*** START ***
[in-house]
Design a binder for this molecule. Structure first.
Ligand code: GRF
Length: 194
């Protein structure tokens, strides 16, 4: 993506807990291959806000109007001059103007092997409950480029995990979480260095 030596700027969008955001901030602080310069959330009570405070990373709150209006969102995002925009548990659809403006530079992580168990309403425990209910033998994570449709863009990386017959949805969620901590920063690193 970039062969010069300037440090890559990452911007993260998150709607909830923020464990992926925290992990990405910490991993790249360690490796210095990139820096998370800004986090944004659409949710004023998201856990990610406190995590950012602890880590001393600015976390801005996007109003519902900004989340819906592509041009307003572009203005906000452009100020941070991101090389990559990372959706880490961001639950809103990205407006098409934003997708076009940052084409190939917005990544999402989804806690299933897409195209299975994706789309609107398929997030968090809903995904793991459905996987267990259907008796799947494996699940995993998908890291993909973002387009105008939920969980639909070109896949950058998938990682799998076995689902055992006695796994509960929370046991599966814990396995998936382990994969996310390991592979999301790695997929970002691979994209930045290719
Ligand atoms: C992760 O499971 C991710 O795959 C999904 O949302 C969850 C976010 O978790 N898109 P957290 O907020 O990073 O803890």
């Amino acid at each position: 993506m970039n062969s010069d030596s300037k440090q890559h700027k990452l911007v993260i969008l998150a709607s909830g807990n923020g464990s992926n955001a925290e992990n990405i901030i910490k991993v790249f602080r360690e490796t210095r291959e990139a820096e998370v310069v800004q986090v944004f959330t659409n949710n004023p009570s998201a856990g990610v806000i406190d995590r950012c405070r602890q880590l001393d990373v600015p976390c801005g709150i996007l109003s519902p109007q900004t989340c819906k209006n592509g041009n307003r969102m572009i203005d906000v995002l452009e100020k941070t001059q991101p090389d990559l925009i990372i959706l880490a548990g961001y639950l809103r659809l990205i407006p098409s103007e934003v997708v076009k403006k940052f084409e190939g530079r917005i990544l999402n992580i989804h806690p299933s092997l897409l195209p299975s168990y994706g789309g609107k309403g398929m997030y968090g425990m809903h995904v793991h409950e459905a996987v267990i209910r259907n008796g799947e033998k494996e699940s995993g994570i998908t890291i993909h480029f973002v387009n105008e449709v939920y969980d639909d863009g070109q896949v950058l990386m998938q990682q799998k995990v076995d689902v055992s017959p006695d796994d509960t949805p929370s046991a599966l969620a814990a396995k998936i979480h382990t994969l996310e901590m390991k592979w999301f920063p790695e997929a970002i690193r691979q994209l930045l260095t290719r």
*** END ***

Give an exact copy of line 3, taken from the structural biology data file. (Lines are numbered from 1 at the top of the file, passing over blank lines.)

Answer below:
Ligand code: GRF